Skip Ribbon Commands
Skip to main content
Safety Recommendation Details

Safety Recommendation A-17-040
Details
Synopsis: On June 25, 2015, about 1215 Alaska daylight time, a single-engine, turbine-powered, float-equipped de Havilland DHC-3 (Otter) airplane, N270PA, collided with mountainous, tree-covered terrain about 24 miles east-northeast of Ketchikan, Alaska. The commercial pilot and eight passengers sustained fatal injuries, and the airplane was destroyed. The airplane was owned by Pantechnicon Aviation, of Minden, Nevada, and operated by Promech Air, Inc., of Ketchikan. The flight was conducted under the provisions of 14 Code of Federal Regulations (CFR) Part 135 as an on-demand sightseeing flight; a company visual flight rules flight plan (by which the company performed its own flight-following) was in effect. Marginal visual flight rules conditions were reported in the area at the time of the accident. The flight departed about 1207 from Rudyerd Bay about 44 miles east-northeast of Ketchikan and was en route to the operator’s base at the Ketchikan Harbor Seaplane Base, Ketchikan.
Recommendation: TO THE FEDERAL AVIATION ADMINISTRATION: Publish an advisory circular that provides guidance on operational control best practices, including, but not limited to, such areas as risk mitigation strategies, joint flight safety responsibilities, prior experience of operational control personnel, and operational control personnel duty time limitations.
Original recommendation transmittal letter: PDF
Overall Status: Open - Acceptable Response
Mode: Aviation
Location: Ketchikan, AK, United States
Is Reiterated: No
Is Hazmat: No
Is NPRM: No
Accident #: ANC15MA041
Accident Reports: Collision with Terrain Promech Air, Inc. de Havilland DHC-3, N270PA, Ketchikan, Alaska, June 25, 2015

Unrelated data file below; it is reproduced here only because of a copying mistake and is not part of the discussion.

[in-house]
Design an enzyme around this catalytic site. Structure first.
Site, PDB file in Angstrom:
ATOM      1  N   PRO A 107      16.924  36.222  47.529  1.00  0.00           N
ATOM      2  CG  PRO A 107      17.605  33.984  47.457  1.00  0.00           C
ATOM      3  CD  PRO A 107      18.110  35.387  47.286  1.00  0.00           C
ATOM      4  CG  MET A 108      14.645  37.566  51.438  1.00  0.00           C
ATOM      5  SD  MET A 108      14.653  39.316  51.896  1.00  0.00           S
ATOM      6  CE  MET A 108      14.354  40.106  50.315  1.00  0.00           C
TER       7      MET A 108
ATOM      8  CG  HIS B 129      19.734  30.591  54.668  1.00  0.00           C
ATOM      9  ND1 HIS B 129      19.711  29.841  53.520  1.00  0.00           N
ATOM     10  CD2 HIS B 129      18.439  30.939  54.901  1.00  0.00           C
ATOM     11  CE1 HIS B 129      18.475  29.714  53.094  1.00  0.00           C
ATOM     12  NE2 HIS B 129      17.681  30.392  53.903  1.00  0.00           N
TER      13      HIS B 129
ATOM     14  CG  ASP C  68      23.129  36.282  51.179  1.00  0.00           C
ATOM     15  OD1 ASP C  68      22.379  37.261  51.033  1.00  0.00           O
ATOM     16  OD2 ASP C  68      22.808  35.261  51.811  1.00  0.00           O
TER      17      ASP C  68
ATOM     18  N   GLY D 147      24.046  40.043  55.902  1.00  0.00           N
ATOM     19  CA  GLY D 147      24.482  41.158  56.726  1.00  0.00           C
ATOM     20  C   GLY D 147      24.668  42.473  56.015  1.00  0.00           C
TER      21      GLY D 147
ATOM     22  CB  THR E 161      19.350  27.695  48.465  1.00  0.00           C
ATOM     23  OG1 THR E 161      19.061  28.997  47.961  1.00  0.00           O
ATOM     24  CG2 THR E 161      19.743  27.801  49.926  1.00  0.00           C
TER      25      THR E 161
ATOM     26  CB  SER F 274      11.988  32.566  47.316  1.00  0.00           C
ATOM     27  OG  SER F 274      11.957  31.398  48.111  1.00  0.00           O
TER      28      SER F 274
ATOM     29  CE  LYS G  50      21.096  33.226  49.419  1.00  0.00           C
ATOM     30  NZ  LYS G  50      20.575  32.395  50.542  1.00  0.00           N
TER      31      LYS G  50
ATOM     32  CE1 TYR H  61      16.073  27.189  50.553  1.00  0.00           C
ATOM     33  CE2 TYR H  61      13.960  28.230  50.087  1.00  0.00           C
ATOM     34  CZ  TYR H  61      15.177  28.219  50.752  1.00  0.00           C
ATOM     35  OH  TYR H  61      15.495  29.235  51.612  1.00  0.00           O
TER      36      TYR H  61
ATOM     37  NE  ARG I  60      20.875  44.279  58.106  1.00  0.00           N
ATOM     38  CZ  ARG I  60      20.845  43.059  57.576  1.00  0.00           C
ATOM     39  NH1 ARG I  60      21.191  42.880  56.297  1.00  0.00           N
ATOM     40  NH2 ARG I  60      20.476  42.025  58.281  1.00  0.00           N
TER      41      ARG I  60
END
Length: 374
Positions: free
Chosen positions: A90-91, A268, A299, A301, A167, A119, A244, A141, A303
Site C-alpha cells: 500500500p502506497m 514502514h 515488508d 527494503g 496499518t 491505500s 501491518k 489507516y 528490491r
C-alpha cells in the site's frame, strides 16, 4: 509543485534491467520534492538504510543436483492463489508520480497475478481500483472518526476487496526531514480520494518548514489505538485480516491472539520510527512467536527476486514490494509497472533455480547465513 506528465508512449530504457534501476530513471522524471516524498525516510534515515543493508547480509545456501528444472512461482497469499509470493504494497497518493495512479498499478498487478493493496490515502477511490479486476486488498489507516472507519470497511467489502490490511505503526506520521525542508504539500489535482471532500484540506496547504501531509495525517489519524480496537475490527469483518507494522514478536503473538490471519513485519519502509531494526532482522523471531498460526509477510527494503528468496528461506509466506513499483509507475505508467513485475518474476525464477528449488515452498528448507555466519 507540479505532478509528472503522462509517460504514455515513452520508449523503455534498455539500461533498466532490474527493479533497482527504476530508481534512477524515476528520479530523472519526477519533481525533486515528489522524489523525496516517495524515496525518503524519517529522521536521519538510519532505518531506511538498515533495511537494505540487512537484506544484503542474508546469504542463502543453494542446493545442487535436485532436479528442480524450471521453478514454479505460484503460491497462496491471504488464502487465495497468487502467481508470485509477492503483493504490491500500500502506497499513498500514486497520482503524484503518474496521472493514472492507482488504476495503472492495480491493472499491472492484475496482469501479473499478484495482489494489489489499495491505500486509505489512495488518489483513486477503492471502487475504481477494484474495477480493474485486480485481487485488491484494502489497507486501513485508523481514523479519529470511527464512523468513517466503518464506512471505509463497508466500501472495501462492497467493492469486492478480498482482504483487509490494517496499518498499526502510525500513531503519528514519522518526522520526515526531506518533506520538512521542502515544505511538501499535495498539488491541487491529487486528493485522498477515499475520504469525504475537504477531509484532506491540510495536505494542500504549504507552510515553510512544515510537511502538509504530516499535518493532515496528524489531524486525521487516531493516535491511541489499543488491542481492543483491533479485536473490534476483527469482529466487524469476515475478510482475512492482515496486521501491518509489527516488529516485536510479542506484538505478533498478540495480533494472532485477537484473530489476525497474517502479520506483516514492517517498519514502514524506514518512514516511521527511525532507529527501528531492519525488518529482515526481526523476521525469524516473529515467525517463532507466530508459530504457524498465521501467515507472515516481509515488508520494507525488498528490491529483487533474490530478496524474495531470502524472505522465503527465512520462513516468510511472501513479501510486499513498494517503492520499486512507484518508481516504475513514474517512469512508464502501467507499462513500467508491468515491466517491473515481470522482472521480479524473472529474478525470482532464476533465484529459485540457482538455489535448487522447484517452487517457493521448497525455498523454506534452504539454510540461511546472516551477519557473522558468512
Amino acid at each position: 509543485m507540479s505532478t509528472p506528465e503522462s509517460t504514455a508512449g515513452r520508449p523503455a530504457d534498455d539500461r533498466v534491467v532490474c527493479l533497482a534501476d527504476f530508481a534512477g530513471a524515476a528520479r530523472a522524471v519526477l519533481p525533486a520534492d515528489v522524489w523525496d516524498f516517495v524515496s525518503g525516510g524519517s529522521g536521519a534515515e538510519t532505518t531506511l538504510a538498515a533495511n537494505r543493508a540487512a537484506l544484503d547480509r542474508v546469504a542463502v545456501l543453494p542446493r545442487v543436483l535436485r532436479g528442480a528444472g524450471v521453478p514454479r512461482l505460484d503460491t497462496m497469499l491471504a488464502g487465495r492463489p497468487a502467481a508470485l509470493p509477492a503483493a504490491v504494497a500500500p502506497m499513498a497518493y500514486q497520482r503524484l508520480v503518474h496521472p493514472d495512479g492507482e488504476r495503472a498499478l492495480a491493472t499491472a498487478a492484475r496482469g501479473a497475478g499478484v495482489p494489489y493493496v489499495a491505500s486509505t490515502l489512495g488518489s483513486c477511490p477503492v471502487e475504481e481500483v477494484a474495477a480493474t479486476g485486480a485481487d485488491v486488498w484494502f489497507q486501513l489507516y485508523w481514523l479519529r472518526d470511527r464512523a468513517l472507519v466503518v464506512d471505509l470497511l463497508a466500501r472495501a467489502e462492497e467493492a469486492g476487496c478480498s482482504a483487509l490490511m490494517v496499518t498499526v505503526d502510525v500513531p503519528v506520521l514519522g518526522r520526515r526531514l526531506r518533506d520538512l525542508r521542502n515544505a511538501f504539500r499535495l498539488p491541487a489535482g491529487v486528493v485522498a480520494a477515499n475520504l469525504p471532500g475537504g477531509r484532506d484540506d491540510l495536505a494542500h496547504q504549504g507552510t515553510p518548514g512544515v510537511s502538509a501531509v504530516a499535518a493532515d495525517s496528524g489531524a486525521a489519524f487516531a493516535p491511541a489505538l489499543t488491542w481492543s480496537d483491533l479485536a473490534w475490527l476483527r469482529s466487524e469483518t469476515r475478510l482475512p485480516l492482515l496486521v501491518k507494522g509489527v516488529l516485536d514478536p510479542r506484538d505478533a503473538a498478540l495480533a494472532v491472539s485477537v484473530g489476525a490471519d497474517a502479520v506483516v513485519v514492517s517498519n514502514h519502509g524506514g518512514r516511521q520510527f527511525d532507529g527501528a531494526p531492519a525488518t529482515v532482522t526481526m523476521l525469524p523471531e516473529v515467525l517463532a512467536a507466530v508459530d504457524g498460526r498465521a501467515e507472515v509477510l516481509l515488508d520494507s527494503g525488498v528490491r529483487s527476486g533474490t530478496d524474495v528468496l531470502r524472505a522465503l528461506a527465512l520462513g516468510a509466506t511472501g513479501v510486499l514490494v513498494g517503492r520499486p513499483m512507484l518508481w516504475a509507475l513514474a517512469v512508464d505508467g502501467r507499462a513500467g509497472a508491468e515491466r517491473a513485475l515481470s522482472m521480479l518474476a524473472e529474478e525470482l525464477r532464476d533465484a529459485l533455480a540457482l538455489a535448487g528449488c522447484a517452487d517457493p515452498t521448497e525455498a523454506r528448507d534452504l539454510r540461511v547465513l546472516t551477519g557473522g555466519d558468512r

Report #: AAR-17-02
Accident Date: 6/25/2015
Issue Date: 5/9/2017
Date Closed:
Addressee(s) and Addressee Status: FAA (Open - Acceptable Response)
Keyword(s):

Safety Recommendation History
From: NTSB
To: FAA
Date: 10/26/2017
Response: We note that you are evaluating statistical data from air tour accidents in which operational control was a contributing factor to determine if a new AC is needed that provides guidance on operational control best practices. We also note that you are considering other policy documents to familiarize operators with existing operational control guidance and industry best practices. Pending our review of the results of your evaluation and a plan for developing the recommended AC, Safety Recommendation A-17-40 is classified OPEN--ACCEPTABLE RESPONSE.

From: FAA
To: NTSB
Date: 7/21/2017
Response: -From Michael P. Huerta, Administrator: The FAA understands the impo11ance of air tour operators being familiar with the current body of knowledge relating to operational control. Accordingly, we have initiated an evaluation of air tour accident statistical data where operational control was considered a contributing factor. Following our evaluation, we will determine whether issuance of a new advisory circular is necessary. In addition, we are evaluating the feasibility of issuing an Information for Operators, a Safety Alert for Operators, or some other policy document to familiarize operators with existing operational control guidance and industry best practices material. In the meantime, we will continue to encourage air tour operators to establish an operations control function that is appropriately scaled to the size and scope of their air tour operations.

From: NTSB
To: FAA
Date: 5/9/2017
Response: On April 25, 2017, the National Transportation Safety Board (NTSB) adopted its report concerning the June 25, 2015, accident in which a single-engine, turbine-powered, float-equipped de Havilland DHC-3 (Otter) airplane, N270PA, collided with mountainous, tree-covered terrain about 24 miles east-northeast of Ketchikan, Alaska.1 Additional information about this accident and the resulting recommendations may be found in the report of the investigation, which can be accessed at our website, http://www.ntsb.gov, under report number NTSB/AAR-17/02. As a result of this investigation, we issued 10 new recommendations, including 1 to the Cruise Lines International Association and the following 9 recommendations to the Federal Aviation Administration.